Why has the genre enjoyed resurgence in popularity over the past few years?
I think vampires and zombies have made the biggest comebacks, although haunted house flicks also seem to have gained increasing popularity. Genres are like styles of the passing eras, though: they come and go in cycles. I’m sure werewolves and aliens will find their way back into the spotlight soon enough.
What’s the best part about being a horror writer?
The best part about being a horror writer is writing a scene that creeps me the hell out. It’s exciting and unsettling at the same time, but the thought of sharing that moment with other fans gives me the biggest thrill.
What’s the worst?
It can be exhausting. Writing a scene that is both original and immersive is no easy feat, and it can take a lot out of a person. Sometimes I must walk away from the computer and take a breather, lest the monsters in my mind consume every last ounce of energy I have.
Do you think fans of horror are more devoted to genre?
Is there a difference in the type of stories you are telling, or the way you are telling them, than traditionally published horror writers?
I think so. Most traditionally published authors cannot take the kinds of chances Indies can. The gatekeepers like to play it safe, whereas most Indie authors have little to nothing to lose. As a result, Indies are able to take a gamble on risky subjects, styles, and plot twists. I like to challenge myself with my writing. I find great satisfaction in taking an idea that is nearly impossible to pull off and nailing it. I like pushing boundaries as far as I can and taking my readers to the edge and back in the process.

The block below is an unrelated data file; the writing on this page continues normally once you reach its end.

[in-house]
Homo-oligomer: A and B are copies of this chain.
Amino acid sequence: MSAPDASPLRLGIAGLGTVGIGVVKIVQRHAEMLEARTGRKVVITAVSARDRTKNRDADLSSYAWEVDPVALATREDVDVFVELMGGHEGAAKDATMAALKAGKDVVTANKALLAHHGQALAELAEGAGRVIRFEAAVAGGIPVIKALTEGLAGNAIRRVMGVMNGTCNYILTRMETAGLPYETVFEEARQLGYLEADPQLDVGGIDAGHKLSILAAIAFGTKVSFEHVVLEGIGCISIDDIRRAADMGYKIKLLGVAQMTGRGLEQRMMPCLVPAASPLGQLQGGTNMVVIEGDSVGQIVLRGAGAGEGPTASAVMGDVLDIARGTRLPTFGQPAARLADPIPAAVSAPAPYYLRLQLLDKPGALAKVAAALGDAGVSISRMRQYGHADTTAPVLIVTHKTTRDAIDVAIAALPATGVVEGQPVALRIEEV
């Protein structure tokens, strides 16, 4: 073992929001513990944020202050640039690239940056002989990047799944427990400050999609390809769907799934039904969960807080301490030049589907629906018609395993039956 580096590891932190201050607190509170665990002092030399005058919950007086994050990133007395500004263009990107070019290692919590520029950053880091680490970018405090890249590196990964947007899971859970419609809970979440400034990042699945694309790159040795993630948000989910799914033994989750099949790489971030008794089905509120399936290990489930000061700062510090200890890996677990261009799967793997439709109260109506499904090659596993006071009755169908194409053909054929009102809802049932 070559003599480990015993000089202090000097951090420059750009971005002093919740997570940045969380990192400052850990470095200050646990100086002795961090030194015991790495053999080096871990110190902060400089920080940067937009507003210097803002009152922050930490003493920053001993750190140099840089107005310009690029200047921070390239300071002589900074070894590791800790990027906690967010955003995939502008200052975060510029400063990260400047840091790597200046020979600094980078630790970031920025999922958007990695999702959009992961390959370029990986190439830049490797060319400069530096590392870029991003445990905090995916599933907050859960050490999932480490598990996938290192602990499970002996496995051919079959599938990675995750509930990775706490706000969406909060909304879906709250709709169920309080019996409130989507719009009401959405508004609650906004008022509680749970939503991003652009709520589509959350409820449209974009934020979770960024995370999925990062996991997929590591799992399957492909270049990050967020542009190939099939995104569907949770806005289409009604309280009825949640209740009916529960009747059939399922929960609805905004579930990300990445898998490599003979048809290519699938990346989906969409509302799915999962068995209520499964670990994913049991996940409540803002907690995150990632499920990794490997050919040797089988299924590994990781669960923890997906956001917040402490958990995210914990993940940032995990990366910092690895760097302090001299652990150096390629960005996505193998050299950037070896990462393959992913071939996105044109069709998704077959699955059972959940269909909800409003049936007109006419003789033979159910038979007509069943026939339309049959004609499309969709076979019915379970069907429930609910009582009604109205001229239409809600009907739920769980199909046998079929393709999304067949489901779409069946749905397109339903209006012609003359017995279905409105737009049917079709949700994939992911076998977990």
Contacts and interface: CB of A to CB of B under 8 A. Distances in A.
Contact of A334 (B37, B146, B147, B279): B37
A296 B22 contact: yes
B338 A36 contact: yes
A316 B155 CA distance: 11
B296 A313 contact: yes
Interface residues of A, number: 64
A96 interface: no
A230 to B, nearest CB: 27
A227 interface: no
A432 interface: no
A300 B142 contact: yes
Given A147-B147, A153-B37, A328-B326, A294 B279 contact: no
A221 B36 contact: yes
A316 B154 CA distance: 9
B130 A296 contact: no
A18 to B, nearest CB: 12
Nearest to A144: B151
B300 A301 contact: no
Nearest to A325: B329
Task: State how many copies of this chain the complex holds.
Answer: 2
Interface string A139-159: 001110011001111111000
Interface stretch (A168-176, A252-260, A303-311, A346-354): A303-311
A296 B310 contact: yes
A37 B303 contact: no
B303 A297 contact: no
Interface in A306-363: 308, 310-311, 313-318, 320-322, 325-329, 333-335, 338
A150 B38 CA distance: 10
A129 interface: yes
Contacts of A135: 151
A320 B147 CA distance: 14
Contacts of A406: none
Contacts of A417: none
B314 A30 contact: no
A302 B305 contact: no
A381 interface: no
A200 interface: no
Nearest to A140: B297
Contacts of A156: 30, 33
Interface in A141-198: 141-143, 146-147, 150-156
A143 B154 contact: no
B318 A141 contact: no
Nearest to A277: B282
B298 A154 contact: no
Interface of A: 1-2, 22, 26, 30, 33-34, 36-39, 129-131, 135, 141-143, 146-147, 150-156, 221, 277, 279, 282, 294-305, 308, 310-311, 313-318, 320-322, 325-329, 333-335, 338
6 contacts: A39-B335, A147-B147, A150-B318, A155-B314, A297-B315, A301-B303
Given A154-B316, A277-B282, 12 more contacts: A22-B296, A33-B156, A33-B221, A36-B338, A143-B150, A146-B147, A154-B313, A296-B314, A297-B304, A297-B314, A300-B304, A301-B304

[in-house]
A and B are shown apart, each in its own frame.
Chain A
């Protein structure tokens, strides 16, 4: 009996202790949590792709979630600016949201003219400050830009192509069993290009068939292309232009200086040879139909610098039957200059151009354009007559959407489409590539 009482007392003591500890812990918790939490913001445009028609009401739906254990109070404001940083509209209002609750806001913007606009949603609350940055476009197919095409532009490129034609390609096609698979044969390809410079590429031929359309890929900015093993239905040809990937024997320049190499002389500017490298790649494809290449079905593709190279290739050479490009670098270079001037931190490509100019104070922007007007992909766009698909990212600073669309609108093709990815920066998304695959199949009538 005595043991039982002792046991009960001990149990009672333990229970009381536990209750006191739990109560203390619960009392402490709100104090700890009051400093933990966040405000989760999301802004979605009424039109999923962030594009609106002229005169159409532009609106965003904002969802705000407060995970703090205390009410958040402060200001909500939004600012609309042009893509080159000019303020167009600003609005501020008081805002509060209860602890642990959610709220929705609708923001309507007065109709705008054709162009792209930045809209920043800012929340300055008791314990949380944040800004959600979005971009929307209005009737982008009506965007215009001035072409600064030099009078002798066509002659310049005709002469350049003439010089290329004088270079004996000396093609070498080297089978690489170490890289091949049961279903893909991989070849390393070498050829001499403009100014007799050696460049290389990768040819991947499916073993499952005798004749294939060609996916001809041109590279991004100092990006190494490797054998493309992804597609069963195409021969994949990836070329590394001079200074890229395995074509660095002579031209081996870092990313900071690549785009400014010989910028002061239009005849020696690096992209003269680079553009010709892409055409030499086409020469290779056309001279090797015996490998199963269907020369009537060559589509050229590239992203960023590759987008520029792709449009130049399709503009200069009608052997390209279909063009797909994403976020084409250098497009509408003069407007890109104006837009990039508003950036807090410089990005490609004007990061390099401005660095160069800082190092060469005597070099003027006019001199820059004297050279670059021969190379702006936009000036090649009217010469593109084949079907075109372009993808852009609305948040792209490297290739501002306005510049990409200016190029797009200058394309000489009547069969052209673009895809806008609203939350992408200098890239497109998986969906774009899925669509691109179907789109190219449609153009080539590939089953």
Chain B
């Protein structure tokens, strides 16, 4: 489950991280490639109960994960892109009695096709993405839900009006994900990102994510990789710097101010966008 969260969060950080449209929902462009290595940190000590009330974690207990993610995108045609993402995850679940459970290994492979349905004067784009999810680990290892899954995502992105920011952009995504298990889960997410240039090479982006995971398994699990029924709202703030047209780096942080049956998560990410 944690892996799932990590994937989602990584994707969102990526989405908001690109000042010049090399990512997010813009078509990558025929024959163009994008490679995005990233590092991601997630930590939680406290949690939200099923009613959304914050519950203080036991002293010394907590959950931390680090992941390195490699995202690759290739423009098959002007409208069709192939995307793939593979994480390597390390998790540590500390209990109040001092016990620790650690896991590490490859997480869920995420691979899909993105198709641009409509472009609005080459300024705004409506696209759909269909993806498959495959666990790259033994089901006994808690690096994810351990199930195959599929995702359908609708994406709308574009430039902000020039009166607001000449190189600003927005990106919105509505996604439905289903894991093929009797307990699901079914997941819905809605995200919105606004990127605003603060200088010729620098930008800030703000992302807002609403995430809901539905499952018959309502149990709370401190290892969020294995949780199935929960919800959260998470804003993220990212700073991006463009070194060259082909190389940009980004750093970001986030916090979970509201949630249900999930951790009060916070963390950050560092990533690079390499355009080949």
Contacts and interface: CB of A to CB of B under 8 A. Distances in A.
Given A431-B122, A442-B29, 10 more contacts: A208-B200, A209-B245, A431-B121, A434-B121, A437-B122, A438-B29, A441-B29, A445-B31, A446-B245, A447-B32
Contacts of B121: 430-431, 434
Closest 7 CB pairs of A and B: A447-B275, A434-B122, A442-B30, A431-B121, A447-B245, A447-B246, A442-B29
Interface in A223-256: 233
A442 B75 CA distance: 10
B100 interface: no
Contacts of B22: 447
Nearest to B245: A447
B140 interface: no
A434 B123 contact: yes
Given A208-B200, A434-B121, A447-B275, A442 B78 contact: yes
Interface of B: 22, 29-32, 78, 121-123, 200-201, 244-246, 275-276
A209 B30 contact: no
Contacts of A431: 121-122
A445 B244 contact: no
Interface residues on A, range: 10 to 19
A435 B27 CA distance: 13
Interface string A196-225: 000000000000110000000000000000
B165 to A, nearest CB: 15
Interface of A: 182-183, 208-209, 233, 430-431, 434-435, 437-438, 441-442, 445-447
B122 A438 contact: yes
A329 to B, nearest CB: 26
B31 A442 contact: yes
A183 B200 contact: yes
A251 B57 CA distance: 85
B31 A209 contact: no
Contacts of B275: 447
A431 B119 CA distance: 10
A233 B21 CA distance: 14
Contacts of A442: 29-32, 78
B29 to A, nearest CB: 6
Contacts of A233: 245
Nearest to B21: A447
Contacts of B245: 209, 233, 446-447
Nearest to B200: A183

What does your family think of your writing career?
That would depend upon whom you asked. Like I said before, my husband is my biggest fan. Where my extended family is concerned, I’m sort of a black sheep, and many of my relatives have never so much as cracked open any of my books. I have a couple of family members who’ve taken an interest—after finally reading one of my books and realizing the weirdo in the family actually can write. I take it all in stride. I write because I’m driven to do so. It makes me happy and keeps me sane; my readership, as much as I do appreciate it, is secondary, and that includes my family.
I would have to be less eclectic, forced to choose a specific genre and adhere more strictly to it. I prefer to add a literary slant to my horror and sci-fi, and the traditional publishers don’t see that as a big selling point. They want Stephen King, not Kurt Vonnegut.
What does "success" mean as an indie author?
To me, it’s a matter of being read and knowing my writing has had an effect on its readers. It’s also a matter of standing the test of time, of eventually contributing to the literary canon and reaching the types of people who will find meaning in their texts. I believe horror can hold just as much literary value as any other genre. Most of my books’ reviews are very passionate—in one extreme or the other—especially those for World-Mart. To know it’s stirred so much thought, so much controversy among its readers, tells me I’m doing something right. To know it’s left its readers in horrified reflection is more gratifying than any potential fortune. (Many readers have told me it’s a difficult read, painfully disturbing, but they’re glad they read it.) It would be nice if my writing paid the bills, but for many Indie authors, that kind of “success” comes and goes. Finding Poe was an Amazon bestseller for two weeks, but most months it barely makes enough money to buy one dinner out at best.